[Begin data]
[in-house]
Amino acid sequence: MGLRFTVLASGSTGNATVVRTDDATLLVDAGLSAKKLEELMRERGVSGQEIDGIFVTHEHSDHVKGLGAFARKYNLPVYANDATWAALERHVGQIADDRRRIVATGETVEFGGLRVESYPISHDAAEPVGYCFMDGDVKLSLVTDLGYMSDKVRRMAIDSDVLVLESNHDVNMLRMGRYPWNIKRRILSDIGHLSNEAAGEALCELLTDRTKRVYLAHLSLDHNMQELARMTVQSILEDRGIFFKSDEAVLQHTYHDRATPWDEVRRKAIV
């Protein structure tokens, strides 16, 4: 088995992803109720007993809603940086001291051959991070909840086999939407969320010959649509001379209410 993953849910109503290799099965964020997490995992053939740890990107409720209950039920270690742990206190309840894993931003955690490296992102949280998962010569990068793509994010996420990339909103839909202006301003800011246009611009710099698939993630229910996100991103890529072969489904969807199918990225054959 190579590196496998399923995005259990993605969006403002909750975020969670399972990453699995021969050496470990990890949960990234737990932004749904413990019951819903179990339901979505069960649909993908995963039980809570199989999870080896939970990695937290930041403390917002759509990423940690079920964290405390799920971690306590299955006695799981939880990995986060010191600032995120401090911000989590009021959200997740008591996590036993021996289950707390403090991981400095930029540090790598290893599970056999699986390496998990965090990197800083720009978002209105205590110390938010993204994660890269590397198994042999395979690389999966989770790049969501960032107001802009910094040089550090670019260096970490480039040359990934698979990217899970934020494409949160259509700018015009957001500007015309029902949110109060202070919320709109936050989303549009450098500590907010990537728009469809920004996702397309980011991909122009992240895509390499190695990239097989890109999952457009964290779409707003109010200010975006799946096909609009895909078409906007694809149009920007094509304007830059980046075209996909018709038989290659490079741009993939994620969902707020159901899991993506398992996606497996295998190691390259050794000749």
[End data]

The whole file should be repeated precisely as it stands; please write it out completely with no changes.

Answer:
[in-house]
Amino acid sequence: MGLRFTVLASGSTGNATVVRTDDATLLVDAGLSAKKLEELMRERGVSGQEIDGIFVTHEHSDHVKGLGAFARKYNLPVYANDATWAALERHVGQIADDRRRIVATGETVEFGGLRVESYPISHDAAEPVGYCFMDGDVKLSLVTDLGYMSDKVRRMAIDSDVLVLESNHDVNMLRMGRYPWNIKRRILSDIGHLSNEAAGEALCELLTDRTKRVYLAHLSLDHNMQELARMTVQSILEDRGIFFKSDEAVLQHTYHDRATPWDEVRRKAIV
């Protein structure tokens, strides 16, 4: 088995992803109720007993809603940086001291051959991070909840086999939407969320010959649509001379209410 993953849910109503290799099965964020997490995992053939740890990107409720209950039920270690742990206190309840894993931003955690490296992102949280998962010569990068793509994010996420990339909103839909202006301003800011246009611009710099698939993630229910996100991103890529072969489904969807199918990225054959 190579590196496998399923995005259990993605969006403002909750975020969670399972990453699995021969050496470990990890949960990234737990932004749904413990019951819903179990339901979505069960649909993908995963039980809570199989999870080896939970990695937290930041403390917002759509990423940690079920964290405390799920971690306590299955006695799981939880990995986060010191600032995120401090911000989590009021959200997740008591996590036993021996289950707390403090991981400095930029540090790598290893599970056999699986390496998990965090990197800083720009978002209105205590110390938010993204994660890269590397198994042999395979690389999966989770790049969501960032107001802009910094040089550090670019260096970490480039040359990934698979990217899970934020494409949160259509700018015009957001500007015309029902949110109060202070919320709109936050989303549009450098500590907010990537728009469809920004996702397309980011991909122009992240895509390499190695990239097989890109999952457009964290779409707003109010200010975006799946096909609009895909078409906007694809149009920007094509304007830059980046075209996909018709038989290659490079741009993939994620969902707020159901899991993506398992996606497996295998190691390259050794000749």